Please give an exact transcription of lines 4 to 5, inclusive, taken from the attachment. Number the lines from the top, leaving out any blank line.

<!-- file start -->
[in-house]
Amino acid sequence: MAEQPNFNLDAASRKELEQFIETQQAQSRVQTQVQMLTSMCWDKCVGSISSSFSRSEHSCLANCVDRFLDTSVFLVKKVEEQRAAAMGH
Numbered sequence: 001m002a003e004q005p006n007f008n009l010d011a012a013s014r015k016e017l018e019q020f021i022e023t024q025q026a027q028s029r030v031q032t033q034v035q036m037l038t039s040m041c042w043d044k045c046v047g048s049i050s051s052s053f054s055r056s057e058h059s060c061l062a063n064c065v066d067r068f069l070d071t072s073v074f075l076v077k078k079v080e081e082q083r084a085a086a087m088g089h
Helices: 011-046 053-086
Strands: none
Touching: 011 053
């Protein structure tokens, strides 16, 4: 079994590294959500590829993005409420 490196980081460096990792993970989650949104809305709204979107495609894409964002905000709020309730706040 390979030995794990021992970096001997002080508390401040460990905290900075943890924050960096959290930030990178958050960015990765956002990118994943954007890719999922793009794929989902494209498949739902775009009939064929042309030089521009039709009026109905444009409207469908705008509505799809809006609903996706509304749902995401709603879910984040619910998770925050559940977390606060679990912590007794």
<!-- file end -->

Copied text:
Helices: 011-046 053-086
Strands: none